Got a jar of dead scorpions the other day.
It was just sitting there, in my cube over in Computing Commons. Not sure how it got there. Wasn't sure what it was at first. Come to think of it, I'm not sure I know exactly what it is even now I've identified it as a jar of dead scorpions.
Perhaps its a traditional welcoming gift? A warning? A gauntlet? (you know..."Think you've killed scorpions?...Hah!...Behold my prowess!!) The sender/collector/gifter also included a list of the things one might do with a jar of dead scorpions:
- Sell raffle tickets for guessing the number of scorpions in the jar, and donate the money to the SIS replacement project.
- Dip them in chocolate and market them as the next disgusting consumption stunt on Fear Factor. [Yum.]
- Use them as ingredients, for the development of a scorpion cookbook.
- Use as an ice-breaker on your next motivational speaking tour.
- Use them as calling cards.
- State a novelty paperweight business.
- Use them as a case study to teach marketing students how to sell generally repulsive product concepts. Regent's Arachnids anyone?
- Put them in a bigger jar and ponder the questions, is it half full, or half empty?
Apart from this rather dramatic increase in dead scorpion activity, the killing of the live ones has settled into routine around my house. And since the exterminator's been in the game, the volume has gone way down too.
Which leaves more time for thinking about 1:1.
In a way, 1:1 is a simple idea, with a simple justification. Like 1,2,3...
- ASU currently uses its resources to deploy and maintain common computing infrastructure for student use.
- Meanwhile, every term, more and more students bring powerful, portable, personal computing devices to school that ASU does not support.
- By requiring all students to have a personal computing device, ASU could get out of the common computing business and instead provide better support for personal computing.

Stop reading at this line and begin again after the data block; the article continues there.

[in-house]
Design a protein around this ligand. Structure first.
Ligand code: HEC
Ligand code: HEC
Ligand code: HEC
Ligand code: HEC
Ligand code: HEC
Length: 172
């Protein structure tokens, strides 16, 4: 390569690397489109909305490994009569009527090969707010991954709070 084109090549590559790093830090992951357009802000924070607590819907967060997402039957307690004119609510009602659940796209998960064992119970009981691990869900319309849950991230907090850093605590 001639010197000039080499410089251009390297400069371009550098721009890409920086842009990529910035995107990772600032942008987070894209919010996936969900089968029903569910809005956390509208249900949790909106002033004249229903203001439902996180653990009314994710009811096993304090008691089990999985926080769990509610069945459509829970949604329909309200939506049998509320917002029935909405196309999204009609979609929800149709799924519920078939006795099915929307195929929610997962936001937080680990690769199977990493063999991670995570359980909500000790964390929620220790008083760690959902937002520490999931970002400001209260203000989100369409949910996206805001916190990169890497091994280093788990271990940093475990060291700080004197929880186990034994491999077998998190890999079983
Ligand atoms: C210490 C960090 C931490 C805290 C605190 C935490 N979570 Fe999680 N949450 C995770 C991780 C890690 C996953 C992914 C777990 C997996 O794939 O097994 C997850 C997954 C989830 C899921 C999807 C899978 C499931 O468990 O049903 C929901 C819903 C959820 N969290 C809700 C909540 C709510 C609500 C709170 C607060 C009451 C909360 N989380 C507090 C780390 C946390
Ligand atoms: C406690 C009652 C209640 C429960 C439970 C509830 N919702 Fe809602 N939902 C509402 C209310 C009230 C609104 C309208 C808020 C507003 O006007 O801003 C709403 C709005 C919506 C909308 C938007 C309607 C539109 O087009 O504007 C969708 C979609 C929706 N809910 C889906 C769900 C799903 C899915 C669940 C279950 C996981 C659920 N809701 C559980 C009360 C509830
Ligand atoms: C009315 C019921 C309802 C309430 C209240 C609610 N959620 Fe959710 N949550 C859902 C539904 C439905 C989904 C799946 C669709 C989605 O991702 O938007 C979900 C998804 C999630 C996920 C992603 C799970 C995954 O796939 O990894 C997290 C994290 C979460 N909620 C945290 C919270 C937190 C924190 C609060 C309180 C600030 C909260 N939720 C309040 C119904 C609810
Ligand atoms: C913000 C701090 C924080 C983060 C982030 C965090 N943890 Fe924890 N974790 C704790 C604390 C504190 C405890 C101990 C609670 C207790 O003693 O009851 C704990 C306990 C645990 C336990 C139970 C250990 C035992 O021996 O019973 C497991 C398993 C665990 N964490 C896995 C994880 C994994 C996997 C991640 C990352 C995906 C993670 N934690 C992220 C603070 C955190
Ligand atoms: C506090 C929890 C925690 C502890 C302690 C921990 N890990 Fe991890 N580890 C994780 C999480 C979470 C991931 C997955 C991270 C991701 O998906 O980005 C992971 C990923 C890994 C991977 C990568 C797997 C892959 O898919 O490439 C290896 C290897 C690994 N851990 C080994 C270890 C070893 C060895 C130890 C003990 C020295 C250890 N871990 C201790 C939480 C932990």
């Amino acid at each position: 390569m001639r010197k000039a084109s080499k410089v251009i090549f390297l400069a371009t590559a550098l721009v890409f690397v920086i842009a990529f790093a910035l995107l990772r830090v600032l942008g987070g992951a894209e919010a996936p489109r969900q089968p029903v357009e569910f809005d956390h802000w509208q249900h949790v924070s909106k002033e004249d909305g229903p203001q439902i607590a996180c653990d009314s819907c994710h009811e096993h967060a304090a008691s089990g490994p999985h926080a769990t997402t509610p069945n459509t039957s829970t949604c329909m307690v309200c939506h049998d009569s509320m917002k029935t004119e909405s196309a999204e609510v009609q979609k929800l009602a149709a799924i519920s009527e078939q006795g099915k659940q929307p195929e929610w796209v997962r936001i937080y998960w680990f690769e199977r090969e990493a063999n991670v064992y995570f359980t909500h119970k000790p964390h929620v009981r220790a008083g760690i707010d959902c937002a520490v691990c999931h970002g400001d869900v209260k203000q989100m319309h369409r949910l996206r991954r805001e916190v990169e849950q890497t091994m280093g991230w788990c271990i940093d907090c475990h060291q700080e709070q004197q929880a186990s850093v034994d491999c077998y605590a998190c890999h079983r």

Implementation seems easy too. Again, like 1, 2, 3...
- Make it a requirement, like a textbook or a calculator.
- Eliminate the common infrastructure.
- Direct the resources to supporting the new paradigm.
And in a way it is just that easy. It's just that each of those three steps is a little tricky, with a little bit of risk involved. Let me explain, in the context of Downtown 1:1.
Blog readers will recognize "Downtown 1:1" as the idea of a pilot program for 1:1 computing at the Downtown campus. The idea is to develop the support programs and partnerships needed to make 1:1 an effective educational tool at ASU in the microcosm of the Downtown campus. Time is running short if we are to make this happen.
This is not as radical an idea as you might think. Lots of schools have already taken this step. Look at this list.
And if computers were free, it would be an easy step to take. We'd just make it a requirement. But as cheap as computers are these days, they still aren't free.
So if its a requirement, who's going to pay? If I'm a student, especially one who doesn't already own a computer, then I'm hoping the University is going to pay. But the only way the University if going to pay is if they raise the money somewhere, which means that the University paying is equivalent to a tuition increase. And given how contentious tuition increases are, this is a problem. Plus, other universities' experience shows that, overall, University-owned equipement is treated with less care than student owned equipment.